Congratulations Woojeong Kim from the UNSW – Winner of the RedShiftBio StructIR Lab Grant Program

07 Mar, 2022 | Newsletters
Congratulations Woojeong Kim from the UNSW – Winner of the RedShiftBio StructIR Lab Grant Program

Woojeong Kim, a PhD student from the School of Chemical Engineering, University of New South Wales (UNSW) under the guidance of Professor Cordelia Selomulya and Dr. Yong Wang, was recently selected from an overwhelming number of submissions to receive the first RedShiftBio StructIR Lab Grant.

“I’m glad that Woojeong has the opportunity to use microfluidic modulation spectroscopy for her project and look forward to the interesting outcomes” said Professor Cordelia Selomulya

The group works on particle and drying technologies in food and dairy formulations, in particular, emulsion stabilisation mechanisms, powder production using spray drying, and computational modelling to improve the process and properties of particles and powders.

This highly competitive grant announced in October 2021, will fund Woojeong’s current research project through sample testing and analysis with access to RedShiftBio’s StructIR Lab. Staffed by a dedicated scientific team of experts, the facility houses several of the company’s flagship AQS³pro instruments. Known for its ground-breaking novel Microfluidic Modulation Spectroscopy (MMS) technology, the AQS3pro overcomes many of the limitations of traditional spectroscopy-based technologies.

“I feel honoured to receive this grant and am excited to share new knowledge from this work, especially in characterising complex food formulations. I would like to express special gratitude to Dr. Yong Wang who let me know about this grant”, said Woojeong.

Woojeong’s PhD project aims to improve the functionalities of plant proteins using protein blends from different food sources, particularly focusing on protein interaction, structural modification, and food application including encapsulation and powder production. The emerging trend towards clean-label food products containing natural ingredients in food industry drew her attention to work on utilising food proteins as natural emulsifiers, ultimately enhancing the functionality and shelf lives of food ingredients and products with minimal processing. Studies have shown that the addition of alginate, a polysaccharide, improves the stability of binary whey/pea protein-stabilised emulsions by enabling protein fractions to be attached at the oil/water interface for a long storage period. Currently, Woojeong is exploring protein interactions between pea and whey protein and developing binary protein-based wall materials that can maximise emulsifying properties and encapsulate nutrients efficiently. Her plan is to apply the designed systems to food products in various formulations such as gels, emulsions, and powders. Using MMS, Woojeong hopes to resolve the shortcomings of Fourier-Transform Infrared Spectroscopy (FT-IR) or Circular Dichroism  (CD) in examining the secondary structures of proteins.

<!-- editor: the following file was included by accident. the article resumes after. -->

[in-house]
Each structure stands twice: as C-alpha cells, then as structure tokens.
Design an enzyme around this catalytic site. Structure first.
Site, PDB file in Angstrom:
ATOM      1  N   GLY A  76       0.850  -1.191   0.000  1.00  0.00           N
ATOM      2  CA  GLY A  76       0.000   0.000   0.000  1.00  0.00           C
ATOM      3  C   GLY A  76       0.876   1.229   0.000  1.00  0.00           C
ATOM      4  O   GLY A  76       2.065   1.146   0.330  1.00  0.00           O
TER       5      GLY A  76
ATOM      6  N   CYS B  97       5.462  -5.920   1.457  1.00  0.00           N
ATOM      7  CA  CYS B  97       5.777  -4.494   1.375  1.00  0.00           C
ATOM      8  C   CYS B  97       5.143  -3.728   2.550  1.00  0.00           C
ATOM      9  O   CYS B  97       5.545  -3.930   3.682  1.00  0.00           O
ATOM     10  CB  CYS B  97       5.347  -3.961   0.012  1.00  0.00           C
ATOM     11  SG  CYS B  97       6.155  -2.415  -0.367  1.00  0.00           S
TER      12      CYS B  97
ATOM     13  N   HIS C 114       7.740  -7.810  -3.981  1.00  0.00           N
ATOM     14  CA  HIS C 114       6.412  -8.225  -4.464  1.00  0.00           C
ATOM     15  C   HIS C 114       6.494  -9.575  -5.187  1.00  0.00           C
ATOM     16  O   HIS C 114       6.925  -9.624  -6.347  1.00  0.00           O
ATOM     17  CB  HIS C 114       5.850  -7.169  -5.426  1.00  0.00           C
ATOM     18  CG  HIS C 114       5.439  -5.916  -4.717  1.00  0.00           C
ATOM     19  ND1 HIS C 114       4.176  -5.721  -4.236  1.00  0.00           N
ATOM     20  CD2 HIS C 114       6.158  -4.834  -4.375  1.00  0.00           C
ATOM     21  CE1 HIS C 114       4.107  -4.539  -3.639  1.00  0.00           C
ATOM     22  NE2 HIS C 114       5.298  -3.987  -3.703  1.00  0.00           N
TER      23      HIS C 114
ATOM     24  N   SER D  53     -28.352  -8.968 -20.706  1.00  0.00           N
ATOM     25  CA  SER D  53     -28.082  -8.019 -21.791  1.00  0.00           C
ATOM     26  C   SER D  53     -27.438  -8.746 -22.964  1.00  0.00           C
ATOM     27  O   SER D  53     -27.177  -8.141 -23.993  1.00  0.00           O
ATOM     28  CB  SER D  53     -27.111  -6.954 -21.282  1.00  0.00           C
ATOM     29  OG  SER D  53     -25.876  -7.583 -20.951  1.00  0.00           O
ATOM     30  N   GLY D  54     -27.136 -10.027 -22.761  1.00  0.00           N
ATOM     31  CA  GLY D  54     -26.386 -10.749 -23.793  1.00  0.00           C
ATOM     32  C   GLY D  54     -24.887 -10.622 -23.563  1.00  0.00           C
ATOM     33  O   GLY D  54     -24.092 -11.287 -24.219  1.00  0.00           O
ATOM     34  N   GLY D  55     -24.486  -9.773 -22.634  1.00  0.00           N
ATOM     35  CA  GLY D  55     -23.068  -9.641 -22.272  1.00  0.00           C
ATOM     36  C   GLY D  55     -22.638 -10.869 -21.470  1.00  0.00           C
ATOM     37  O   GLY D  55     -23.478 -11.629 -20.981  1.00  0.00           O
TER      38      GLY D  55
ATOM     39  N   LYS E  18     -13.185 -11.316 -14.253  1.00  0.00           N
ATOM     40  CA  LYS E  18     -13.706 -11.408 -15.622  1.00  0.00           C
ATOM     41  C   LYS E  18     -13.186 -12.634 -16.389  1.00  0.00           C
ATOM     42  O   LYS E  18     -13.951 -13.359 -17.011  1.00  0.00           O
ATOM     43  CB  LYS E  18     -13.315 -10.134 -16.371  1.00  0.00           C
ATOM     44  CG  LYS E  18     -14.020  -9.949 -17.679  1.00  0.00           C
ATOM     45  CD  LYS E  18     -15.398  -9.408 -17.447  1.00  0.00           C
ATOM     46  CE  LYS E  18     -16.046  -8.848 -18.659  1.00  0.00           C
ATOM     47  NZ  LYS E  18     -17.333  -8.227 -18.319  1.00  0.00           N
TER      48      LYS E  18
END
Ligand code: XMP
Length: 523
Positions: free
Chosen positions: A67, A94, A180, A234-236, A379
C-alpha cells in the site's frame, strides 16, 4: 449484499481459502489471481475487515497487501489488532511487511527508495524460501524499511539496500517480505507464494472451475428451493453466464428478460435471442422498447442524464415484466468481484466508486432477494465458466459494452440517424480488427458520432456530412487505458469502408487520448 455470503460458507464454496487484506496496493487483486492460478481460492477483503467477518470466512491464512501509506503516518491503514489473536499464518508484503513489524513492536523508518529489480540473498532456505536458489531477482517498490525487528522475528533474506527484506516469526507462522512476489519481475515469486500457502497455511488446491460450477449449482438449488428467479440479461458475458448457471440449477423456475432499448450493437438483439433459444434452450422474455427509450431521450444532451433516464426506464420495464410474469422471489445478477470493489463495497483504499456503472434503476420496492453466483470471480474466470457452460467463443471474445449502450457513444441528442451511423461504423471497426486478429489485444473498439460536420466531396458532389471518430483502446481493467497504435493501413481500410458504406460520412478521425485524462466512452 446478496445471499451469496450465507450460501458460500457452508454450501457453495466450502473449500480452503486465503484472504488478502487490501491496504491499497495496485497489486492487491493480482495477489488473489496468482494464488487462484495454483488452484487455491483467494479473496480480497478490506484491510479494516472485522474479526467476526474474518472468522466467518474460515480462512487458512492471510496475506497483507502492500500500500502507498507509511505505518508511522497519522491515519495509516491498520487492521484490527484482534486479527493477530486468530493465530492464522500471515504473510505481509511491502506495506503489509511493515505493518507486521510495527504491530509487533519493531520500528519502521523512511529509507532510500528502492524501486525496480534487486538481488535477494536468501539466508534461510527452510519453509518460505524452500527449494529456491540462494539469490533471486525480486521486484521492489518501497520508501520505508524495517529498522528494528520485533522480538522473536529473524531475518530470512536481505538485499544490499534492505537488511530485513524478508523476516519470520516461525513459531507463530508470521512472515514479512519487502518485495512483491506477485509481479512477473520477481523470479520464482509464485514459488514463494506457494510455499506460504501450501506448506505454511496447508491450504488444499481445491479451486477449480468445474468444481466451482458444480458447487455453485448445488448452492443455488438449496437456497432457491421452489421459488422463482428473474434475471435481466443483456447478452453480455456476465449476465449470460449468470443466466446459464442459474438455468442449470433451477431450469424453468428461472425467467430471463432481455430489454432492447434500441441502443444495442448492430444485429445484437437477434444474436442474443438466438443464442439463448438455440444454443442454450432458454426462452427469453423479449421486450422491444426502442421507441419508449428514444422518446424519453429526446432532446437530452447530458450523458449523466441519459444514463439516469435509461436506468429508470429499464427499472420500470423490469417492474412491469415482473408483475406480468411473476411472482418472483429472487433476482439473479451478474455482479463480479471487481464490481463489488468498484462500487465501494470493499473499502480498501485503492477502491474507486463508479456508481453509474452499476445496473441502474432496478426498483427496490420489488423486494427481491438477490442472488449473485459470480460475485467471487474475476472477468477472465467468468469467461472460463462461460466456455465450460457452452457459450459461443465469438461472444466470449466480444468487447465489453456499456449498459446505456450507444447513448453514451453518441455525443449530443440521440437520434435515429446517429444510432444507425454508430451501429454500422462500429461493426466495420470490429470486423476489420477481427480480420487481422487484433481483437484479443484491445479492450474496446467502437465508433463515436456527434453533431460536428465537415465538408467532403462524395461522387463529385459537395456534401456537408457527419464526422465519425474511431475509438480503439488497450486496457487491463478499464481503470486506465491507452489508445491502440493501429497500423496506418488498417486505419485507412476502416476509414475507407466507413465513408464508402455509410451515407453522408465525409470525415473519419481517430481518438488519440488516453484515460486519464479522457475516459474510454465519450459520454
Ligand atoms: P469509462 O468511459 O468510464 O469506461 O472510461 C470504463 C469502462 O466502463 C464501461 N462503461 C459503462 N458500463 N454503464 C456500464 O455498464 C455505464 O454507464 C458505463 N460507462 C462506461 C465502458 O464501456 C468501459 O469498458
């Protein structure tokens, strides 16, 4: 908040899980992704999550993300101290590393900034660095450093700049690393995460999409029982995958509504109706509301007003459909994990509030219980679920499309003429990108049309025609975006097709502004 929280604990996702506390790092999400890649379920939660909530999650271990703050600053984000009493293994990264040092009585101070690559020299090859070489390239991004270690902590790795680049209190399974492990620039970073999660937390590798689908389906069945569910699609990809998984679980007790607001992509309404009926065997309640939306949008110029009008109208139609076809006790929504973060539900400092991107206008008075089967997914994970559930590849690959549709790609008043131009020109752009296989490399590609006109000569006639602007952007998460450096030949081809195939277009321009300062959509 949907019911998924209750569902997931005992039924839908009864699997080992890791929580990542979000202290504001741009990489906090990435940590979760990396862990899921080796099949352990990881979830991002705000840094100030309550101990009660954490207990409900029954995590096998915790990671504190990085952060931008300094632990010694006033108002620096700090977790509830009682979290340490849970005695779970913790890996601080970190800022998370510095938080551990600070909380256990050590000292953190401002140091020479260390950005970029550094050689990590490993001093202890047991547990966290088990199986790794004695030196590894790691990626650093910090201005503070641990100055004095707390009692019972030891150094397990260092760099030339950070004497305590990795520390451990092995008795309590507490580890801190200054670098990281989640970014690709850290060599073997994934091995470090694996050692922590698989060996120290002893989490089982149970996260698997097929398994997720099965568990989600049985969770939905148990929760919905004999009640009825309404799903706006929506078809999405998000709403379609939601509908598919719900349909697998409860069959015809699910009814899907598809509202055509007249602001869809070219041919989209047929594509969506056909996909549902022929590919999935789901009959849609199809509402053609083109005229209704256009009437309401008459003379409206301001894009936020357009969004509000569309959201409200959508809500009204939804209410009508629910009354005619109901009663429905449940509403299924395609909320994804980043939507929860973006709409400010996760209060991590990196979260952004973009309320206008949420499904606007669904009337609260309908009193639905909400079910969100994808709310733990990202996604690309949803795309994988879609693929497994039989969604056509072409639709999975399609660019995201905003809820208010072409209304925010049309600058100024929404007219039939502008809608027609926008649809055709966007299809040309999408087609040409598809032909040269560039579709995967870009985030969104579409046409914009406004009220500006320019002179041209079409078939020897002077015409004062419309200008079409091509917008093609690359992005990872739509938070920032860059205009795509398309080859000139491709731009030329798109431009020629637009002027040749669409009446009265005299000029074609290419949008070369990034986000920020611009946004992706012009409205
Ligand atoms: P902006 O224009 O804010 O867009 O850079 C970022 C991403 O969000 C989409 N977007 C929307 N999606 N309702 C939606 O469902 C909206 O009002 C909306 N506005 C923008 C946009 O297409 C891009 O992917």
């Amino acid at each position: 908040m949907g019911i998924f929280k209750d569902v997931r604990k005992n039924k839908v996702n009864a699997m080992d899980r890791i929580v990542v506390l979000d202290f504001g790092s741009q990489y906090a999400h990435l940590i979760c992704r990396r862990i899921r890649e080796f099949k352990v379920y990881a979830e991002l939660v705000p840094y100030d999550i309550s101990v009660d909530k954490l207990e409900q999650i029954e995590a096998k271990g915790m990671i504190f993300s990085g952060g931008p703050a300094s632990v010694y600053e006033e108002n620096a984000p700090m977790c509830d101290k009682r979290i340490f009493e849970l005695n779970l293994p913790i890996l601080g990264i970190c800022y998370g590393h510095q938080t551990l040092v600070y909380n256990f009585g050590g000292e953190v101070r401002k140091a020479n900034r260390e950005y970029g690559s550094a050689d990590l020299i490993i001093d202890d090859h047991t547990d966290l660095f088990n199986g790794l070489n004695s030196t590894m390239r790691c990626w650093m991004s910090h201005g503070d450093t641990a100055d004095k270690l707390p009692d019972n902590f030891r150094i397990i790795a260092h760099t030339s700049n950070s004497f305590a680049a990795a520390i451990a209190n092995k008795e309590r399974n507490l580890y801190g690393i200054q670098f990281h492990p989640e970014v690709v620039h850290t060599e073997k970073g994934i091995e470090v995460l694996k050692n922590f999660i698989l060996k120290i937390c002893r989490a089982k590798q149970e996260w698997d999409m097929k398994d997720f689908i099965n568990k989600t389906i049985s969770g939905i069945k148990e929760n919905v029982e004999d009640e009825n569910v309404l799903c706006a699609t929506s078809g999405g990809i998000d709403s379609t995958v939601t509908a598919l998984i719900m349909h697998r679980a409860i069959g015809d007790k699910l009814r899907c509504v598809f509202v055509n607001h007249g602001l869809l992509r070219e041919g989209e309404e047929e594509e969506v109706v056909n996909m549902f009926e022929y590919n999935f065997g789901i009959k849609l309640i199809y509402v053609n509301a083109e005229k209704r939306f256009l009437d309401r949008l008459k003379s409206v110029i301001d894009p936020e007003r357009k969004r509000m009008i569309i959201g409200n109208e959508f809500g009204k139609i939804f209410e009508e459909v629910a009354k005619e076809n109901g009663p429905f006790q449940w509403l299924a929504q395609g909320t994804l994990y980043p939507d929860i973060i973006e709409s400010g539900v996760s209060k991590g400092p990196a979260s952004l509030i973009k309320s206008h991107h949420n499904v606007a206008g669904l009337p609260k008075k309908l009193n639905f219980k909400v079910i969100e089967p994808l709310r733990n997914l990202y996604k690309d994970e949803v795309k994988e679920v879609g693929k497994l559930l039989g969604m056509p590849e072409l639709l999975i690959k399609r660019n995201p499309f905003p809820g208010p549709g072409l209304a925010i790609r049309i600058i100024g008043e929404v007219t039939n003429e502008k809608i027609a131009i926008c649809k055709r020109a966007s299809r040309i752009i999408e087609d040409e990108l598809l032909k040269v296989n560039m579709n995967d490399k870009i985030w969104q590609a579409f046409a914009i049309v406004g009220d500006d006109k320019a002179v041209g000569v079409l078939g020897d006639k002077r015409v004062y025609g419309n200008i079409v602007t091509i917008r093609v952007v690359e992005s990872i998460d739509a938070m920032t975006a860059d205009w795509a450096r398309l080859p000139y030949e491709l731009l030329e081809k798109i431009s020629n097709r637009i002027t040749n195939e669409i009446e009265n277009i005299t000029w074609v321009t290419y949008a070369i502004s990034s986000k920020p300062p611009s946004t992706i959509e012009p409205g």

“Protein structural analysis is a very important part of my project, as common characterisation methods were not sufficient to analyse my samples…. MMS technology has the potential to provide a breakthrough in detecting protein aggregation and structural similarity. Measuring the original samples without dilution is a major advantage of this technology given the instrument can cover a wide range of sample concentrations (0.1-200 mg/mL)” said Woojeong.

In FT-IR analyses, moisture has to be removed via freeze-drying, while the sample forms a protein film, which can cause structural deformation. In addition, protein solution samples are prepared at relatively low concentrations meaning the absorbance of the protein complexes can fall below the detection limit. For CD, the method is regarded a low-resolution technique, which requires significant dilution of the samples and a limited selection of buffers that may affect the accuracy of results.

Never before have scientists been able to analyse the secondary structure of proteins and other large molecules so easily, quickly, and effectively until now. MMS provides ultrasensitive, highly reproducible, automated structural measurements of proteins and other biomolecules. Able to differentiate <2% change in HOS, the technique can be used for a wide range of applications from formulation development of mAb-based biotherapeutics to robust measurements of ADCs, AAVs, and mRNA.

The company is also announcing a second StructIR Lab Grant program specific for Australia/NZ – Please register your interest to apply.

For further details please contact us,

ATA Scientific Pty Ltd

or Email Peter Davis: